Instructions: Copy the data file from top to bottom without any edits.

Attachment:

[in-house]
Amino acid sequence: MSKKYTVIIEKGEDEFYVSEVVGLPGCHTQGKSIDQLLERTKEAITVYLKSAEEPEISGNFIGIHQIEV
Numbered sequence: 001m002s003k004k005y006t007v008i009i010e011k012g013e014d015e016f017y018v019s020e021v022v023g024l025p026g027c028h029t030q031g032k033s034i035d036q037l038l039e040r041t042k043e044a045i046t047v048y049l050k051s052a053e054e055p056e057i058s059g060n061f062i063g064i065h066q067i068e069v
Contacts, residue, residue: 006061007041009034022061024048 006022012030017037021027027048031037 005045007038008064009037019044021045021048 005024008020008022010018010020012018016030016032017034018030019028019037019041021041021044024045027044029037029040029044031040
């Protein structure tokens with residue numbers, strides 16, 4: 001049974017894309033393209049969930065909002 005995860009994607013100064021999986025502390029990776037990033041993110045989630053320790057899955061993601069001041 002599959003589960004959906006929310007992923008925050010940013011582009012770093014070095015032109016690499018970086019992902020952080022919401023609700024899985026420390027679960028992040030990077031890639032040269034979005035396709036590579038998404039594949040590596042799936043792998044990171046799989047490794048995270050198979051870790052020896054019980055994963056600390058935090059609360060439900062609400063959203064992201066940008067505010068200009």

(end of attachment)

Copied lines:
[in-house]
Amino acid sequence: MSKKYTVIIEKGEDEFYVSEVVGLPGCHTQGKSIDQLLERTKEAITVYLKSAEEPEISGNFIGIHQIEV
Numbered sequence: 001m002s003k004k005y006t007v008i009i010e011k012g013e014d015e016f017y018v019s020e021v022v023g024l025p026g027c028h029t030q031g032k033s034i035d036q037l038l039e040r041t042k043e044a045i046t047v048y049l050k051s052a053e054e055p056e057i058s059g060n061f062i063g064i065h066q067i068e069v
Contacts, residue, residue: 006061007041009034022061024048 006022012030017037021027027048031037 005045007038008064009037019044021045021048 005024008020008022010018010020012018016030016032017034018030019028019037019041021041021044024045027044029037029040029044031040
């Protein structure tokens with residue numbers, strides 16, 4: 001049974017894309033393209049969930065909002 005995860009994607013100064021999986025502390029990776037990033041993110045989630053320790057899955061993601069001041 002599959003589960004959906006929310007992923008925050010940013011582009012770093014070095015032109016690499018970086019992902020952080022919401023609700024899985026420390027679960028992040030990077031890639032040269034979005035396709036590579038998404039594949040590596042799936043792998044990171046799989047490794048995270050198979051870790052020896054019980055994963056600390058935090059609360060439900062609400063959203064992201066940008067505010068200009």